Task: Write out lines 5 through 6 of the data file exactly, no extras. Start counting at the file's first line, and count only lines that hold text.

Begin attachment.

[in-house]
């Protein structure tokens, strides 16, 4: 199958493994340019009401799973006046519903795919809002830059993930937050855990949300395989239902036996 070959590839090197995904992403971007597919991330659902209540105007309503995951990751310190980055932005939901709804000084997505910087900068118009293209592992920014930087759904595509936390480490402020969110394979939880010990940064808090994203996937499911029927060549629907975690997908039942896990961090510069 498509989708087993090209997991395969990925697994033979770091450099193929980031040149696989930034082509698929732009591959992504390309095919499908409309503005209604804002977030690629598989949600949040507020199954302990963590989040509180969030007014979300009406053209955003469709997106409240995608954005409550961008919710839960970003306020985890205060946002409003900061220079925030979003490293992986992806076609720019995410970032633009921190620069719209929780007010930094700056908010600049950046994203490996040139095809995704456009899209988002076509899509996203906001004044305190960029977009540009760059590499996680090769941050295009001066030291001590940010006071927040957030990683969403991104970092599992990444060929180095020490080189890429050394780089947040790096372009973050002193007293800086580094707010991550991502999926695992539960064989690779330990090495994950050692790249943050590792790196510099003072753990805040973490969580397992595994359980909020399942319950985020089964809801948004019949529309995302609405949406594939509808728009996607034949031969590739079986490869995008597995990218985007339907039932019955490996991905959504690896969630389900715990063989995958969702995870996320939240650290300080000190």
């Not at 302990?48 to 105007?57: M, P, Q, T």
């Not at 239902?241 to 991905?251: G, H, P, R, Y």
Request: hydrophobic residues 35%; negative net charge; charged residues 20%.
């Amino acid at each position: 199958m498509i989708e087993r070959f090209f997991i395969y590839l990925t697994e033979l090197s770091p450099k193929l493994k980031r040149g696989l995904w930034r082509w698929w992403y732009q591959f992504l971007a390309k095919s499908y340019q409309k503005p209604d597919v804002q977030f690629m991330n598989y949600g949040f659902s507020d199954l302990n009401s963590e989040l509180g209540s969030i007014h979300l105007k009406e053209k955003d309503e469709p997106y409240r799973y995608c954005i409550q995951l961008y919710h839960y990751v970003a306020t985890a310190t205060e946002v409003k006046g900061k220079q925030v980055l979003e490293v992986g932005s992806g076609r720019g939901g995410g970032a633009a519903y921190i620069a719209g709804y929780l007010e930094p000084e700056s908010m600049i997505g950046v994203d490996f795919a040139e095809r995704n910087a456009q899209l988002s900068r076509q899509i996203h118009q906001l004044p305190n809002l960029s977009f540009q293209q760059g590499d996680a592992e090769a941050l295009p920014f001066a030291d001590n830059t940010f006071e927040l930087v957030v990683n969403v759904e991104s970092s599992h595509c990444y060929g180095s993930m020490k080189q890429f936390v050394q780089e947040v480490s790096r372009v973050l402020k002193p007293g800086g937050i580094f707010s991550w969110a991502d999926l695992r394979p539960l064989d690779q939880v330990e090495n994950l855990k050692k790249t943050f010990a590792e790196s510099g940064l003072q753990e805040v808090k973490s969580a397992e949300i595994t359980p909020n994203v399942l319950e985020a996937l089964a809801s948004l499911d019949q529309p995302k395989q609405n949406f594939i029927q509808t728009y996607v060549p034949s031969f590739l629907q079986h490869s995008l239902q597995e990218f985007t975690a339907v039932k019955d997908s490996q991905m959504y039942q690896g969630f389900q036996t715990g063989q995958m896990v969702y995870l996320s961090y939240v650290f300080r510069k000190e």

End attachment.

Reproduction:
Request: hydrophobic residues 35%; negative net charge; charged residues 20%.
């Amino acid at each position: 199958m498509i989708e087993r070959f090209f997991i395969y590839l990925t697994e033979l090197s770091p450099k193929l493994k980031r040149g696989l995904w930034r082509w698929w992403y732009q591959f992504l971007a390309k095919s499908y340019q409309k503005p209604d597919v804002q977030f690629m991330n598989y949600g949040f659902s507020d199954l302990n009401s963590e989040l509180g209540s969030i007014h979300l105007k009406e053209k955003d309503e469709p997106y409240r799973y995608c954005i409550q995951l961008y919710h839960y990751v970003a306020t985890a310190t205060e946002v409003k006046g900061k220079q925030v980055l979003e490293v992986g932005s992806g076609r720019g939901g995410g970032a633009a519903y921190i620069a719209g709804y929780l007010e930094p000084e700056s908010m600049i997505g950046v994203d490996f795919a040139e095809r995704n910087a456009q899209l988002s900068r076509q899509i996203h118009q906001l004044p305190n809002l960029s977009f540009q293209q760059g590499d996680a592992e090769a941050l295009p920014f001066a030291d001590n830059t940010f006071e927040l930087v957030v990683n969403v759904e991104s970092s599992h595509c990444y060929g180095s993930m020490k080189q890429f936390v050394q780089e947040v480490s790096r372009v973050l402020k002193p007293g800086g937050i580094f707010s991550w969110a991502d999926l695992r394979p539960l064989d690779q939880v330990e090495n994950l855990k050692k790249t943050f010990a590792e790196s510099g940064l003072q753990e805040v808090k973490s969580a397992e949300i595994t359980p909020n994203v399942l319950e985020a996937l089964a809801s948004l499911d019949q529309p995302k395989q609405n949406f594939i029927q509808t728009y996607v060549p034949s031969f590739l629907q079986h490869s995008l239902q597995e990218f985007t975690a339907v039932k019955d997908s490996q991905m959504y039942q690896g969630f389900q036996t715990g063989q995958m896990v969702y995870l996320s961090y939240v650290f300080r510069k000190e």